In 2015, a shooter went on a rampage inside a Charleston, South Carolina church and left 9 dead parishioners behind. That same year, in Alabama, a gunman was wrestled to the ground and disarmed, but not before several people were shot. In February 2016, a man shot and killed the pastor at a church in Dayton, Ohio. Incidents like these are raising awareness that churches and other places of worship are vulnerable to attack by angry loners who have personal grudges with the targeted victims, and people who have ideological disputes that they feel are best addressed with violence. Statistics indicate that about 10% of all mass shootings take place at churches or on church property. If you’re in charge of a place of worship for your community, it’s time to take a fresh look at security. This is what you should do.
1.) Accept that it is happening.
It’s understandable if you don’t want to take away from the services at the church in order to instruct your staff and parishioners on safety concerns. However, you need to accept that the danger of violence at the church is real. The church leaders, assistants, and congregants all need to be aware that there are concerns and conscious of the sort of violence that’s happening.
Hold security seminars after the regular church services and in the evenings to discuss the growing issue of violence in churches. Awareness and open, honest discussion of the problem is necessary in order to make changes.
2.) Make physical changes.
Modern security is very much about stopping problems before they start, whenever possible. To that end, your church needs locks on the doors and on the windows. You also need to take other steps to visibly increase the security presence of the building, which may discourage someone who simply thinks of a church as an easy target for violence:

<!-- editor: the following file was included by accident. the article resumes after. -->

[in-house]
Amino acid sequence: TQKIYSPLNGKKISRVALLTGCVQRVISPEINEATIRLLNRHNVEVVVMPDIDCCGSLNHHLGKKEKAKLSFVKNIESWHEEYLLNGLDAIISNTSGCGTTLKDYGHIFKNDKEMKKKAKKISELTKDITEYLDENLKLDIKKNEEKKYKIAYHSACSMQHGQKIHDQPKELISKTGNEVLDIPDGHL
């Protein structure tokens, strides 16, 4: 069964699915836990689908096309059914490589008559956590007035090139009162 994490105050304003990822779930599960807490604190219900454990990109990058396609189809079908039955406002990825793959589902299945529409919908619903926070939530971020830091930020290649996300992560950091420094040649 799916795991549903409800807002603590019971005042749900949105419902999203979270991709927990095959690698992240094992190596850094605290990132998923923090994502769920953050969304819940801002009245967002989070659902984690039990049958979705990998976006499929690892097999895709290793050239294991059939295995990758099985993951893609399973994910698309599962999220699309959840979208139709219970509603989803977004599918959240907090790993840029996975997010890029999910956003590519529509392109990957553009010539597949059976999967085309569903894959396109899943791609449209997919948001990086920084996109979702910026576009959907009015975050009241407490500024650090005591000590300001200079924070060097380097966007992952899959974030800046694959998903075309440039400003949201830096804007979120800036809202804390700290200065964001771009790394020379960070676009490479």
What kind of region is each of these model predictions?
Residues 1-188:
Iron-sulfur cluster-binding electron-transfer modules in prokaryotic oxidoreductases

- There should be a security guard in the parking lot during worship services. If your church can’t afford that, ask for volunteers from the congregation to handle the duty.
- Security cameras with closed-circuit television monitoring should be used during active services. One study indicated that they cut crime by 51% in parking lots.
- You should have security cameras installed over main entrances and outside the minister’s office.
- Lights with motion sensors should be installed and used at night to prevent a break-in.
3.) Have an emergency plan in place.
Find out who in your congregation is willing to keep an eye on the crowd and look for anything out of the ordinary. Who is willing to help escort someone who is angry, drunk, or high off the property? A few trusted individuals need to be given the authority to quietly step in and handle minor situations before they escalate. Others should be in charge of quietly alerting the police to the situation.
You should also have a plan in case there’s no chance to prevent an act of violence. Since 70% of deaths on the properties of churches and other faith-based organizations are innocent bystanders, you want your congregation to know where to flee for safety. If at all possible, children should be taught to find safety inside the nearest room away from the main area of worship, with the door locked, until the police arrive.
Dealing with the increasing threat of violence in places of worship is an unfortunate reality of our times. But a measured response, complete with basic safety precautions, will help keep your congregation safe. Contact a business, such as TS7 Smart, for more information.